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US News top schools: 1983 versus 2006

collegehelpcollegehelp 6315 replies275 postsRegistered User Senior Member
edited August 2006 in College Search & Selection
I think the first time US News published college rankings was in 1983. At that time, they only ranked the top dozen or so in each Carnegie classification, excluding professional and specialty schools, and they followed a very different method: a survey of all US 4-year college presidents at colleges that offer a liberal arts curriculum.

I found the article on microfilm in the library. November 28, 1983.

Some schools changed in rank by a lot. How much of the change is due to a real change in status and how much is due to different ranking method or ranking error?

college, rank in 1983, rank in 2006, change

national universities
Stanford 1 5 -4
Harvard 2 1 +1
Yale 3 3 0
Princeton 4 1 +3
UC Berkeley 5 20 -15
U Chicago 6 15 -9
U Michigan 7 25 -18
Cornell 8 13 -5
U Illinois 8 42 -34
Dartmouth 10 9 +1
MIT 10 7 +3
Caltech 12 7 +5
Carnegie-Mellon 13 22 -9
U Wisconsin Mad. 13 34 -21
honorable mention:
Brown 15 15 0
Columbia 15 9 +6
Indiana U 15 74 -15
UNC Chapel Hill 15 27 -12
Rice 15 17 -2

national liberal arts colleges
Amherst 1 2 -1
Swarthmore 2 3 -1
Williams 2 1 +1
Carleton 4 5 -1
Oberlin 5 23 -18
Wellesley 6 4 +2
Wesleyan 7 12 -5
Bryn Mawr 8 21 -13
Davidson 9 10 -1
Haverford 9 8 +1
Pomona 9 6 +3
Reed 9 47 -38
honorable mention:
Grinnell 13 15 -2
Smith 13 19 -6
St. Johns (MD) 13 69 -56
edited August 2006
146 replies
Post edited by collegehelp on
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Replies to: US News top schools: 1983 versus 2006

  • ckmets13ckmets13 2176 replies118 postsRegistered User Senior Member
    wow. what was the first year that US News listed the top 50 or so schools, and what were the rankings then?
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  • gellinogellino 3012 replies5 postsRegistered User Senior Member
    It makes you wonder what kind of methodology they were using compared to now (it seems much more thought out and scrutinized now) and how much the schools actually changed. No JHU, Penn, Georgetown, Northwestern, WUSTL among the top 20 NUs and no Bowdoin, Middlebury, Colgate, W&L among the top 15 LACs. Both of these lists of schools seem to have been staples of at least the last ten years of rankings.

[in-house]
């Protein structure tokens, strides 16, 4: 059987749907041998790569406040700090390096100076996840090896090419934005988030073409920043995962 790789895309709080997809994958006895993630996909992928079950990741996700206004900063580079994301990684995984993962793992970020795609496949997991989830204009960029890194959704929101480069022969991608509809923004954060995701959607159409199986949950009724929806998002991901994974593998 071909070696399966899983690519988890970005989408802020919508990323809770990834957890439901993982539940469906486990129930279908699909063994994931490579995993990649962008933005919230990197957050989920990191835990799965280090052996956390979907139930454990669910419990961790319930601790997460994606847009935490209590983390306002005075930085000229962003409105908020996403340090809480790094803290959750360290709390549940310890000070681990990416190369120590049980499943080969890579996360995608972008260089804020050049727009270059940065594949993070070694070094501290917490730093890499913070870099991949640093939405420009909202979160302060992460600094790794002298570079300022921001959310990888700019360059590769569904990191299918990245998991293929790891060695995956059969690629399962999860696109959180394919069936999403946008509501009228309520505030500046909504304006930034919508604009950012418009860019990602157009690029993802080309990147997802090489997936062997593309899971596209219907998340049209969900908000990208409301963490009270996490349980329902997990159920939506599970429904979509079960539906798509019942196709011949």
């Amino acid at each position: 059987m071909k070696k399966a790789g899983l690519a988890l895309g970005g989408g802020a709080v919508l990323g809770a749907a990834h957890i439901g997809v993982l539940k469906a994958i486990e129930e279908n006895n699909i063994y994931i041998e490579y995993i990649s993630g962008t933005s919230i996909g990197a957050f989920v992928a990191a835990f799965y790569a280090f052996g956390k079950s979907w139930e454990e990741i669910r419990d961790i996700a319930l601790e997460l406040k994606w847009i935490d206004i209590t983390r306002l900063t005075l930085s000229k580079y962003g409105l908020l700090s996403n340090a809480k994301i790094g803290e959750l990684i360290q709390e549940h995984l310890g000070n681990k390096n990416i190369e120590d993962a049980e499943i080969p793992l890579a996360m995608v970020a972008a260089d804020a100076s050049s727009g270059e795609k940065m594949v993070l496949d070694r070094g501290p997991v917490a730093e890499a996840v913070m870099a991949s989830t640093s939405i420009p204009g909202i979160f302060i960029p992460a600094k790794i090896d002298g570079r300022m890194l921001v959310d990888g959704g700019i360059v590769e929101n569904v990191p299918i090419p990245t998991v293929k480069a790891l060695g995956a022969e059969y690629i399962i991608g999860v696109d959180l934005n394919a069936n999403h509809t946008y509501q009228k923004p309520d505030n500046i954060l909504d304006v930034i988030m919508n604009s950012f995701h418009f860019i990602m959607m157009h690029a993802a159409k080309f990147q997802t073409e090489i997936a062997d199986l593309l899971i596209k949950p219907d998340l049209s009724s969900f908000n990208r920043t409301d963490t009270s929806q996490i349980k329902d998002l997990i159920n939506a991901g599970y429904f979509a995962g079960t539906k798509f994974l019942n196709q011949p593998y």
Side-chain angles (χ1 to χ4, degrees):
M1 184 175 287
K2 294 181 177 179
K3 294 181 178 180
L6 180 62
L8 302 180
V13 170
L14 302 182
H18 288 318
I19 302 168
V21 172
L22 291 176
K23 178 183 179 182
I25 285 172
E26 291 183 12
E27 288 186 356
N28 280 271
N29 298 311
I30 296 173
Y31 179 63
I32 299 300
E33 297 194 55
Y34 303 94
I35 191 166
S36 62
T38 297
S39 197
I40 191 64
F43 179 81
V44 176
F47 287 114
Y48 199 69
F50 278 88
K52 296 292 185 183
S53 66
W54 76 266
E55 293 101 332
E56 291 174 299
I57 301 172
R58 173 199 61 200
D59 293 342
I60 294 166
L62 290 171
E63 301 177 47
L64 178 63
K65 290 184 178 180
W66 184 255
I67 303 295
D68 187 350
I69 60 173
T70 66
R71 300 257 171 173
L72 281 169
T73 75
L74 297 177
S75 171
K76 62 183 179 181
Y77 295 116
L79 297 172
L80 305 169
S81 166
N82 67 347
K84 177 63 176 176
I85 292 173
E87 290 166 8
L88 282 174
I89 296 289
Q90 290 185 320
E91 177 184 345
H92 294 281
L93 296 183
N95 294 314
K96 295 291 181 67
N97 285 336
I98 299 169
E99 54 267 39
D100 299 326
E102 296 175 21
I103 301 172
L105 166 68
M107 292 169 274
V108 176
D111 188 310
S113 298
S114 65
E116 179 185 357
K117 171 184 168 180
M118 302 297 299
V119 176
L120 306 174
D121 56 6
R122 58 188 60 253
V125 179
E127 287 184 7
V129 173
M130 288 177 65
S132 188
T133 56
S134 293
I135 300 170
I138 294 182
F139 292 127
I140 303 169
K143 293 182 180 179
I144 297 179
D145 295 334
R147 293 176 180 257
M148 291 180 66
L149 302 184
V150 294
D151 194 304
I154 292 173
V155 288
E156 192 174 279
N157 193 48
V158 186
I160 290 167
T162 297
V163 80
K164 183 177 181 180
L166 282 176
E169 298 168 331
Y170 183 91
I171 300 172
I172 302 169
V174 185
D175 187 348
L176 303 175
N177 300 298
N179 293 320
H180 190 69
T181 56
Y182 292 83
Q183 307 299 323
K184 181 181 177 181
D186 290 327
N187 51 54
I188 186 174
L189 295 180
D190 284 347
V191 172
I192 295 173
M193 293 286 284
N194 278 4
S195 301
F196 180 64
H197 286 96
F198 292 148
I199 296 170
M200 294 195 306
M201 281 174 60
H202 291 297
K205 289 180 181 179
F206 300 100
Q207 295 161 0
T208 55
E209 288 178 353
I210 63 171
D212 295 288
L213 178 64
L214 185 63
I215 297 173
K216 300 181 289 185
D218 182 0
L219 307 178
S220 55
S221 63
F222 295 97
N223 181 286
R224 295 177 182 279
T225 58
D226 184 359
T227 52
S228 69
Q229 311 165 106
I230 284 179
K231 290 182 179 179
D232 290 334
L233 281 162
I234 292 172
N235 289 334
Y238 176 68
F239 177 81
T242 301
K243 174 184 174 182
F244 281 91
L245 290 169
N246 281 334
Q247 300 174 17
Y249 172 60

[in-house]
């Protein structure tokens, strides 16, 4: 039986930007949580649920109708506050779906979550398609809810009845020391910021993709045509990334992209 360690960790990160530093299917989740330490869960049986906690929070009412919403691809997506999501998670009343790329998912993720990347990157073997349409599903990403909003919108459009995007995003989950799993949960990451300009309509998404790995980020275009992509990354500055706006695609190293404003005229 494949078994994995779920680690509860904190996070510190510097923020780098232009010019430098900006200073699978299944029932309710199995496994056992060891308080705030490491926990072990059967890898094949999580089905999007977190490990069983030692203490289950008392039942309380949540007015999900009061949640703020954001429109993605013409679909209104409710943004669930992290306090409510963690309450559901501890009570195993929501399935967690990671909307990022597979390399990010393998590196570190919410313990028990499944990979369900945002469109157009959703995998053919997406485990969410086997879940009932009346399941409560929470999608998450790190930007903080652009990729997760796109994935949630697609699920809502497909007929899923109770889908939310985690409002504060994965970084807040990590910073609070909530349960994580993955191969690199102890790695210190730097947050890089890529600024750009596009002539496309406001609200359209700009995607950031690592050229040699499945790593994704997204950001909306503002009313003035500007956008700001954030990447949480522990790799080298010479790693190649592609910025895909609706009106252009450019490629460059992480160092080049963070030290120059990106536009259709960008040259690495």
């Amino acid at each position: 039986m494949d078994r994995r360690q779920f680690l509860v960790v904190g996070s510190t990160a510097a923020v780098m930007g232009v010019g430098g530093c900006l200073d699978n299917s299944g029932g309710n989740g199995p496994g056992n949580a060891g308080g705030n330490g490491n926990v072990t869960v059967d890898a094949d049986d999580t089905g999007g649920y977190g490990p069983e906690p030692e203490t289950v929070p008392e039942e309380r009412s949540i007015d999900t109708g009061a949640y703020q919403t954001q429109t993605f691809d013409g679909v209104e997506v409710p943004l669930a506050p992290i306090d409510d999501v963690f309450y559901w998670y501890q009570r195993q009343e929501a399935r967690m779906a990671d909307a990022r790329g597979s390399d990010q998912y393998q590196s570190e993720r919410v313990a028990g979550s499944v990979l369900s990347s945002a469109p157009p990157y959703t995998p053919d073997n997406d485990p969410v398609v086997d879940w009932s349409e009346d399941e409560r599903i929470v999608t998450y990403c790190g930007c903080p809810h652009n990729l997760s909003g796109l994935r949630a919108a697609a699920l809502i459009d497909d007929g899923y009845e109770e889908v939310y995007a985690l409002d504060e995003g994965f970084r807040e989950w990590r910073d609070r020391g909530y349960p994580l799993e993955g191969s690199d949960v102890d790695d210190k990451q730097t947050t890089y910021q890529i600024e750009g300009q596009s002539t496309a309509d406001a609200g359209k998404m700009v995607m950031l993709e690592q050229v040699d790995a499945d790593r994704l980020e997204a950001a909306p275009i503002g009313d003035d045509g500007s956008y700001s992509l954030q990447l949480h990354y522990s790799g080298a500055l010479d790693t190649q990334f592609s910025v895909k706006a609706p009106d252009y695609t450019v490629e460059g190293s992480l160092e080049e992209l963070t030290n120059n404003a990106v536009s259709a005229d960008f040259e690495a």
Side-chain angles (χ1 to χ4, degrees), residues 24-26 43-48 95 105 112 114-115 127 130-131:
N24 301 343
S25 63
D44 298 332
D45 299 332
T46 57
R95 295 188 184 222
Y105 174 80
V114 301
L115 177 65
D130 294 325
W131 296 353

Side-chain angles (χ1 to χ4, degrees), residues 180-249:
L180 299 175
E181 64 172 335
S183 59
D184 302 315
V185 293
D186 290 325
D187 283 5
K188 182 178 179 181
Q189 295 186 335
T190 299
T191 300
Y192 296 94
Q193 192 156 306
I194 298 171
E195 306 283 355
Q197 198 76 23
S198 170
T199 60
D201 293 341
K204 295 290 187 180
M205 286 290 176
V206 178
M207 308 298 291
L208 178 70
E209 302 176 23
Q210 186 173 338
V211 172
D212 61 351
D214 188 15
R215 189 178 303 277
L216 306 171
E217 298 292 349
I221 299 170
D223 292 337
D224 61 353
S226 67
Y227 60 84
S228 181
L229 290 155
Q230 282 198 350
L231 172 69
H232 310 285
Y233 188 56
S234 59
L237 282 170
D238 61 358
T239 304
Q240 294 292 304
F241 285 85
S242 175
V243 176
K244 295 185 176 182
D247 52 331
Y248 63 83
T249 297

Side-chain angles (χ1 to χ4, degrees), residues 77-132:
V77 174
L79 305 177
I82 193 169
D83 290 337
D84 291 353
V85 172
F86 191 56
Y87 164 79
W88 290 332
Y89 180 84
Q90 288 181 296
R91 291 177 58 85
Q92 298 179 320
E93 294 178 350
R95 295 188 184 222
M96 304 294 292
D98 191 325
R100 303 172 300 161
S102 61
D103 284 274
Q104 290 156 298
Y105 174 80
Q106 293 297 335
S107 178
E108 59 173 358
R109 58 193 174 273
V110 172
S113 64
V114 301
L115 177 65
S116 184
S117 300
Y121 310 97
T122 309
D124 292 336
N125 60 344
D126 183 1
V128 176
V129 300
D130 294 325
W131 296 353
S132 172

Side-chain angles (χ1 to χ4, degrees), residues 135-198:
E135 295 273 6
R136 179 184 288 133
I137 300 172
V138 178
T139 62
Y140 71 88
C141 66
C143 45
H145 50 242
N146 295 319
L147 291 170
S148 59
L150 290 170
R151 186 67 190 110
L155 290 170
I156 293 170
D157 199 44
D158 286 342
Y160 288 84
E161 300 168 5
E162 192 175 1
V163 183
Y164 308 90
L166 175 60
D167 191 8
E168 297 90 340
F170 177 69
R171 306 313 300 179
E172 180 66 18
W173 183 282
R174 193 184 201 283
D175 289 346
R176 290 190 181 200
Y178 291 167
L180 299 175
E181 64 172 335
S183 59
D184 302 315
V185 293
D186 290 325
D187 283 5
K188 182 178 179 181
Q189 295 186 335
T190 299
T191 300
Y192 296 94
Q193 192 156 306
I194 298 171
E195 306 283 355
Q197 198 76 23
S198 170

I'm guessing acceptance rate wasn't weighted too highly. Either that or the accptance rate for something like Penn, Georgetown wasn't so much lower than UI or UMich like it is today and the other schools more than made up for it by whatever else was in the criteria.
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  • pirt8528pirt8528 349 replies9 posts. Member
    haha yea im not sure what kind of ranking methodology was used; indiana above penn, duke, gtown, etc; st. johns/ smith over bowdoin, colgate, W&L. yikes. everyone complains about the ranking now; it seems alot more accurate now than it was then!
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  • gellinogellino 3012 replies5 postsRegistered User Senior Member
    Yeah. I didn't even notice Duke was missing. It seems a perennial 5-10 rank as long as I can remember. I can't believe it wasn't even in the top 20 and UNC was. However, those rankings come out heavily slanted towards public schools, although ironically today's possible highest, UVA, wasn't on the list either.
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  • dnduswodnduswo 1298 replies314 postsRegistered User Senior Member
    wow...what a surprise............just...wow!!!!!!!!!!!!!!!!!!
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  • bluebayoubluebayou 26659 replies174 postsRegistered User Senior Member